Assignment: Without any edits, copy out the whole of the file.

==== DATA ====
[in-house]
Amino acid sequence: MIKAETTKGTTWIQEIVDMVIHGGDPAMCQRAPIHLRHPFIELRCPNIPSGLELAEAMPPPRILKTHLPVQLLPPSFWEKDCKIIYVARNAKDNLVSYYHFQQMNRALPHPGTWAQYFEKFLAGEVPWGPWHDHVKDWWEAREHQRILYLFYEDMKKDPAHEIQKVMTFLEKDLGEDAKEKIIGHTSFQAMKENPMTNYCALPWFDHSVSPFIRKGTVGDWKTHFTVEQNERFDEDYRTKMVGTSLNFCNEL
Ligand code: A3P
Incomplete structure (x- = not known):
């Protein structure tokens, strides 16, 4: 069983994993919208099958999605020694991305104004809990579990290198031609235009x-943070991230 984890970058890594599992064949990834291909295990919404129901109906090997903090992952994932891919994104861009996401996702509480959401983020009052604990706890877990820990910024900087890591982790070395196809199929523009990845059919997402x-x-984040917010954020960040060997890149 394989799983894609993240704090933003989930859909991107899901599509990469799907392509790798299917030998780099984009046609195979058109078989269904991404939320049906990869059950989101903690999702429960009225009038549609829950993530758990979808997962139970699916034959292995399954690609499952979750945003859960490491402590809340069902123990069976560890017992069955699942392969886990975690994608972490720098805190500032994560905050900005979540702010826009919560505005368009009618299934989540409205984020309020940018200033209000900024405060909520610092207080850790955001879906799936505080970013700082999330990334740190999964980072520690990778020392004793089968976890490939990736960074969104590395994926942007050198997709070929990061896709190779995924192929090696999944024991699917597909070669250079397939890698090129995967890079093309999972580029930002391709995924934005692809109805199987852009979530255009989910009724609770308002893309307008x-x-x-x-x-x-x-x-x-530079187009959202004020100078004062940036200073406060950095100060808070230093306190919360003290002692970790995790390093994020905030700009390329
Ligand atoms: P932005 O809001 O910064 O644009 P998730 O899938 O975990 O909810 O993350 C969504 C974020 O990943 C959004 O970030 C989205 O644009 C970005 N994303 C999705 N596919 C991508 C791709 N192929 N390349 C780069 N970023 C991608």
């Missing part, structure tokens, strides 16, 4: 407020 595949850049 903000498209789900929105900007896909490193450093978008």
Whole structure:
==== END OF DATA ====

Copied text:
[in-house]
Amino acid sequence: MIKAETTKGTTWIQEIVDMVIHGGDPAMCQRAPIHLRHPFIELRCPNIPSGLELAEAMPPPRILKTHLPVQLLPPSFWEKDCKIIYVARNAKDNLVSYYHFQQMNRALPHPGTWAQYFEKFLAGEVPWGPWHDHVKDWWEAREHQRILYLFYEDMKKDPAHEIQKVMTFLEKDLGEDAKEKIIGHTSFQAMKENPMTNYCALPWFDHSVSPFIRKGTVGDWKTHFTVEQNERFDEDYRTKMVGTSLNFCNEL
Ligand code: A3P
Incomplete structure (x- = not known):
């Protein structure tokens, strides 16, 4: 069983994993919208099958999605020694991305104004809990579990290198031609235009x-943070991230 984890970058890594599992064949990834291909295990919404129901109906090997903090992952994932891919994104861009996401996702509480959401983020009052604990706890877990820990910024900087890591982790070395196809199929523009990845059919997402x-x-984040917010954020960040060997890149 394989799983894609993240704090933003989930859909991107899901599509990469799907392509790798299917030998780099984009046609195979058109078989269904991404939320049906990869059950989101903690999702429960009225009038549609829950993530758990979808997962139970699916034959292995399954690609499952979750945003859960490491402590809340069902123990069976560890017992069955699942392969886990975690994608972490720098805190500032994560905050900005979540702010826009919560505005368009009618299934989540409205984020309020940018200033209000900024405060909520610092207080850790955001879906799936505080970013700082999330990334740190999964980072520690990778020392004793089968976890490939990736960074969104590395994926942007050198997709070929990061896709190779995924192929090696999944024991699917597909070669250079397939890698090129995967890079093309999972580029930002391709995924934005692809109805199987852009979530255009989910009724609770308002893309307008x-x-x-x-x-x-x-x-x-530079187009959202004020100078004062940036200073406060950095100060808070230093306190919360003290002692970790995790390093994020905030700009390329
Ligand atoms: P932005 O809001 O910064 O644009 P998730 O899938 O975990 O909810 O993350 C969504 C974020 O990943 C959004 O970030 C989205 O644009 C970005 N994303 C999705 N596919 C991508 C791709 N192929 N390349 C780069 N970023 C991608």
């Missing part, structure tokens, strides 16, 4: 407020 595949850049 903000498209789900929105900007896909490193450093978008």
Whole structure: